Qatar Accuses UAE Of Supporting 9/11 World Trade Center Attacks As Gulf Crisis Deepens

A general view of Burj Khalifa on February 6, 2017 in Dubai, United Arab Emirates. Qatar on Monday accused its former Gulf ally of supporting terrorism in the U.S. Tom Dulat/Getty

Qatar has accused the United Arab Emirates of supporting the 9/11 attacks in New York as a diplomatic war of words between the tiny oil-rich state and its Sunni Arab neighbours continues.

Several Gulf countries and Egypt cut transport and diplomatic ties with Qatar on June 5, accusing it of supporting radical Islamist groups. But Doha has accused the UAE of hypocrisy, arguing that it has had prior involvement in acts of extremism.

"Emiratis, not Qataris, were among the hijackers who flew planes into the Twin Towers,'' Sheikh Meshal bin Hamad Al Thani, Qatar's ambassador to the U.S., said in an opinion piece in the Wall Street Journal Sunday.

"The UAE was singled out in the 9/11 Commission's report for its role in laundering money to terrorists."

Qatar denies the claim that it supports extremist groups, a charge that U.S. President Donald Trump has also leveled at the Gulf monarchy.

Read more: Qatar goes from strong ally to hostile neighbor, the Gulf rift explained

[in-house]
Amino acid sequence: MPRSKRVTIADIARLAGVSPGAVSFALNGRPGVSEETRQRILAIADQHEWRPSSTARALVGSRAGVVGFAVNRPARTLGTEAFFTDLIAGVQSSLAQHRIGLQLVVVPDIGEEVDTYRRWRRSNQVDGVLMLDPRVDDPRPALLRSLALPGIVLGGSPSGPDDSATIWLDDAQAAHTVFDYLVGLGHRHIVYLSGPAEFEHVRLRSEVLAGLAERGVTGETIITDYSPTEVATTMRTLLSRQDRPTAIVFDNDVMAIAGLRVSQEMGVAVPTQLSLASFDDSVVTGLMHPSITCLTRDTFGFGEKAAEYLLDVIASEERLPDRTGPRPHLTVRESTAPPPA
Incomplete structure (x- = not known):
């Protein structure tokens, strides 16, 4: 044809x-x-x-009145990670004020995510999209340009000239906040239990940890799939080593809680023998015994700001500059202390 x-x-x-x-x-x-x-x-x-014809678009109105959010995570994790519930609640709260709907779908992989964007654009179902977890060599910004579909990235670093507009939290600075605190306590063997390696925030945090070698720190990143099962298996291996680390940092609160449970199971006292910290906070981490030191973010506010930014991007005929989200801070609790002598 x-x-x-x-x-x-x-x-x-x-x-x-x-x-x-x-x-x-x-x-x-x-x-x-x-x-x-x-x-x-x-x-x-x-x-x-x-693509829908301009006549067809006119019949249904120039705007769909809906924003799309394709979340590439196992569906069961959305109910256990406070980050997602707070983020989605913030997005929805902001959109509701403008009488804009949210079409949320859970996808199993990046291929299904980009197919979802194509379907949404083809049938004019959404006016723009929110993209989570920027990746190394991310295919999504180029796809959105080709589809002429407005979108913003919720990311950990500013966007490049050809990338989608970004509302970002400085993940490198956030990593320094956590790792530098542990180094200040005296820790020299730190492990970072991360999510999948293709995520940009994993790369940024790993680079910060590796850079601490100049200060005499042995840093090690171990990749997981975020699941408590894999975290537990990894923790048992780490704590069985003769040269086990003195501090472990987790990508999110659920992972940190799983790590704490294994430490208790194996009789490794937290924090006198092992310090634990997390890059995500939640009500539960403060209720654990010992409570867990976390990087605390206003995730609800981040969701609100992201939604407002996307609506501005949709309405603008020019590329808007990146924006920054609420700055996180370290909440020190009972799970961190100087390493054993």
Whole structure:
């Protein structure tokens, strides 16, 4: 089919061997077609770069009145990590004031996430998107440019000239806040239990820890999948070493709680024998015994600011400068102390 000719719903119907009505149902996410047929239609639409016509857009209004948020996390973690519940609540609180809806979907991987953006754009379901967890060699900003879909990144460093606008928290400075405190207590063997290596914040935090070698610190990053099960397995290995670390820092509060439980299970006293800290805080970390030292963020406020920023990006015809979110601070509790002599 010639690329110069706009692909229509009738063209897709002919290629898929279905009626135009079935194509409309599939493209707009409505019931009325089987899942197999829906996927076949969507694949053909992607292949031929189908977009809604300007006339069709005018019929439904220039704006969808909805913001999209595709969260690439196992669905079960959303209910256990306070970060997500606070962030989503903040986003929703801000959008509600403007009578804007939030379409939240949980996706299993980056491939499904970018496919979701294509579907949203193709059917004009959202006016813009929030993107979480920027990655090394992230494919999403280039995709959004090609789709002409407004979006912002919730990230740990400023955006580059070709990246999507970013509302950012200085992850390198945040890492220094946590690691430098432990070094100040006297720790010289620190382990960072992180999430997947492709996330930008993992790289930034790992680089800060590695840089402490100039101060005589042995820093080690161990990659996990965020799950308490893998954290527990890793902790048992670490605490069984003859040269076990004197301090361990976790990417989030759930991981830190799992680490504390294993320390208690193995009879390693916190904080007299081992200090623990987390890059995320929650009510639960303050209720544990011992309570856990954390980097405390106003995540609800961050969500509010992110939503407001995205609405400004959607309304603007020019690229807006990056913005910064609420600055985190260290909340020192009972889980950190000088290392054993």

The crisis began after comments attributed to the country's ruler, Sheikh Tamim bin Hamad al-Thani, appeared in Qatari state media speaking positively of Israel and Iran and appearing to criticize Trump.

In response, Arab and Gulf states—Saudi Arabia, the United Arab Emirates, Egypt and Bahrain—blocked several Qatari media outlets, including Al Jazeera, before severing diplomatic relations and closing air, sea and land links.

Qatar says its website was hacked and the comments were false and U.S. intelligence analysts believe that Russian hackers planted a fake news story that would lead to the diplomatic crisis. Moscow denies the claim.

But this is not the first time Qatar has fallen foul of its Gulf allies. Three years ago, Saudi Arabia, UAE and Bahrain withdrew their ambassadors from Qatar over concerns about its support for the Muslim Brotherhood in Egypt.

Qatar also supports Hamas and the Palestinian militant group held a press conference in Doha in April to announce a new, more moderate charter in a bid to court international support for its cause.

Kuwait is attempting to mediate the crisis but the Saudi-led group opposed to Qatar plans to release a set of demands that the Qataris must meet in order for relations to thaw. UAE officials have suggested the isolation of Qatar could last for years.

Qatar is the world's biggest exporter of liquified natural gas but the embargo by its neighbors and fellow Sunni states has forced it to look elsewhere for revenue streams and transport links.

One Qatari businessman announced last week that he will airlift a herd of four thousand cows to the Gulf state on around 60 flights to prevent a milk shortage because of the blockade.